Obama May Pick Twitter Lawyer for Privacy Post
President Obama, who has urged Congress to consider privacy protections when debating cybersecurity legislation, may be reaching out to consumer advocates in another way. The president is reportedly looking at Twitter Legal Director Nicole Wong to join the administration as a top privacy advisor. That news has advocates examining Wong's record, which includes a stint at Google.
May 8, 2013 11:28 AM PT
The Obama administration appears to be sending a message to privacy advocates that it's taking their issue seriously by creating a new position devoted to it -- and choosing a high-profile tech lawyer to occupy it.
The White House reportedly is tagging Nicole Wong, Twitter's legal director for products, for a top privacy post -- either as a chief privacy officer or as a senior advisor to federal Chief Technology Officer Todd Park.
The White House and Twitter did not respond to a request for comment for this story.
News of Wong's pending appointment was first reported by CNET, which initially said Wong would be hired as chief privacy officer but later changed the position to senior adviser to Park.
Wong has been working at Twitter for less than seven months. She moved there from Google, where she worked with that company's engineers to review new products for copyright and privacy considerations.
Defending Privacy at Google
At both Google and Twitter, Wong has received kudos for defending the privacy of consumers when the government tried to access company information collected on users.
"She's concerned about protecting people's privacy, as well as balancing that with the need for information," Kurt Opsahl, a senior staff attorney with the Electronic Frontier Foundation, told TechNewsWorld. Opsahl worked with Wong when she was a partner with Perkins Coie from 1997-2004, and locked horns with her over privacy issues at Google.
"Our issues with Google have been over consumer privacy issues," he said, "while generally we've been satisfied with how they have been on privacy via a vis the government."
During Wong's tenure at Google, the company took a stand against government accessing Internet search information of consumers. "Google fought a government subpoena for that information which, at the time, was unusual," Opsahl said.
"Nicole and Google were correctly seeing that people have trust that Google won't give their search queries to the government lightly," he added.
That's not to say that Google and Wong didn't have conflicts with privacy advocates. "Google has gotten mixed reviews from the consumer privacy community," Marc Rotenberg, executive director of the Electronic Privacy Information Center told TechNewsWorld.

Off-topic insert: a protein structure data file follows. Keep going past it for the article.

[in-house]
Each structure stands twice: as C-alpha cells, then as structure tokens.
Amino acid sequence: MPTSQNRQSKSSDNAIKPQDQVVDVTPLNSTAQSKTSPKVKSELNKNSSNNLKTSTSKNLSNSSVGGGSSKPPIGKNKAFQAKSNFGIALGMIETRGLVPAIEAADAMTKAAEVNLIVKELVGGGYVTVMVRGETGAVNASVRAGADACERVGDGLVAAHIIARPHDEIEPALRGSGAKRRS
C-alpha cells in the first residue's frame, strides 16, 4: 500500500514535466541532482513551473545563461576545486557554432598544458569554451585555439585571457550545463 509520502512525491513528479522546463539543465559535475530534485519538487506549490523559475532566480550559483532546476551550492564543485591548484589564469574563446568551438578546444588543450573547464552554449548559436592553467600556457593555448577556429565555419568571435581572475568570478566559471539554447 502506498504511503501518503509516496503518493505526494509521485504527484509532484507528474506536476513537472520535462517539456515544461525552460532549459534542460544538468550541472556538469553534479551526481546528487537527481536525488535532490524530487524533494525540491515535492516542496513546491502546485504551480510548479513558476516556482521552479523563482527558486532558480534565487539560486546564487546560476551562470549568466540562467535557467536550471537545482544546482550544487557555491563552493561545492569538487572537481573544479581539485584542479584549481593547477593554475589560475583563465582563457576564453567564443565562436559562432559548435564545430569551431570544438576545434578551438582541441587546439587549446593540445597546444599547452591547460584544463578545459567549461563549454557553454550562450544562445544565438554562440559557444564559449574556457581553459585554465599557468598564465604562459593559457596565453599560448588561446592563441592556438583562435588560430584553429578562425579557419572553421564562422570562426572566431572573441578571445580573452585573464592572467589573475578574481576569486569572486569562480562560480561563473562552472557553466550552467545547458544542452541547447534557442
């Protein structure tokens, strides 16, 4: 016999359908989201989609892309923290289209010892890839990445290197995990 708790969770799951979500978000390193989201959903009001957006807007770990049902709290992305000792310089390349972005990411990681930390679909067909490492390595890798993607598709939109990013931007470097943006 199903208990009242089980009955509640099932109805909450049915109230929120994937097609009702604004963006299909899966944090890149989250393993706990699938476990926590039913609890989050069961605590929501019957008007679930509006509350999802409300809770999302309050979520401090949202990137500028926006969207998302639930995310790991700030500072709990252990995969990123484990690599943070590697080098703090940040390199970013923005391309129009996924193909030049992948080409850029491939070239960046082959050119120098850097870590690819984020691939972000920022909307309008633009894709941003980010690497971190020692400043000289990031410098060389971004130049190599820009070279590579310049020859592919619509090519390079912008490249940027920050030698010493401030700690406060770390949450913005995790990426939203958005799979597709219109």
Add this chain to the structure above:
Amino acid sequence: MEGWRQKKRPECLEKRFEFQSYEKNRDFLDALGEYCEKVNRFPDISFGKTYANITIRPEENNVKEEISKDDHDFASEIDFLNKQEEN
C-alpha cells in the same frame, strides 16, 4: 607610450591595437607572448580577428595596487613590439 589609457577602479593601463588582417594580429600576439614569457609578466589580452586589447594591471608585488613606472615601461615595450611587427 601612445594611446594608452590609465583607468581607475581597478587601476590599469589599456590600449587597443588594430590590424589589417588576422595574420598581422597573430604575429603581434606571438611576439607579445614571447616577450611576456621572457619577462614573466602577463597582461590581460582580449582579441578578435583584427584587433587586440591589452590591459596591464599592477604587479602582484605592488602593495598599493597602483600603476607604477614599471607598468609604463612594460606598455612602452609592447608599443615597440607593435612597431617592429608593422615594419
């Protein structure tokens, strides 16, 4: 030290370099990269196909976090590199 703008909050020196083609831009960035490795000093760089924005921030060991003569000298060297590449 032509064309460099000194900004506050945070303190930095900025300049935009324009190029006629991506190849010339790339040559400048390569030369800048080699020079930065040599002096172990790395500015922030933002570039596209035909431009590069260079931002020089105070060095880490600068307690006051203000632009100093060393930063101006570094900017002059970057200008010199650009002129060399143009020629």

"Many of us," he noted, "actually see Google as one of the main obstacles to the adoption of major privacy legislation."
Although only at Twitter for a short time, during that period the microblogging service received a score of six stars out of six in the EFF's ranking of companies' protection of consumer data when the government comes knocking at their door.
Establishing a high-level position on privacy in the federal government is long overdue, observed Joel R. Reidenberg, a professor of law at Fordham University.
"Nicole Wong is a very skilled and experienced person in the privacy sphere and the public policy arena," he told TechNewsWorld.
Wong's appointment is important because privacy is so important to the Information Society. "It's essential that the White House be on top it," Reidenberg said.
"When we look at the kinds of surveillance and data systems that are being created in the public sector, and we look at similar things in the private sector, as well as the business models that rely on personal information, there are great opportunities and great risks," he added.
"As a country, as a society," Reidenberg said, "we have to really be keeping the privacy questions front and center to be sure that we're getting these programs and policies right."
If reports of Wong's hiring prove to be true, it will show that the president takes privacy more seriously that past White House occupants. "This is a way to signify that privacy is important to the White House," Justin Brookman, director of the Consumer Privacy Project at the Center for Democracy and Technology, told TechNewsWorld.
"Obama was the first president to call for a comprehensive privacy law for the United States," he said, "so this is something they're very serious about, and this is another signal of that."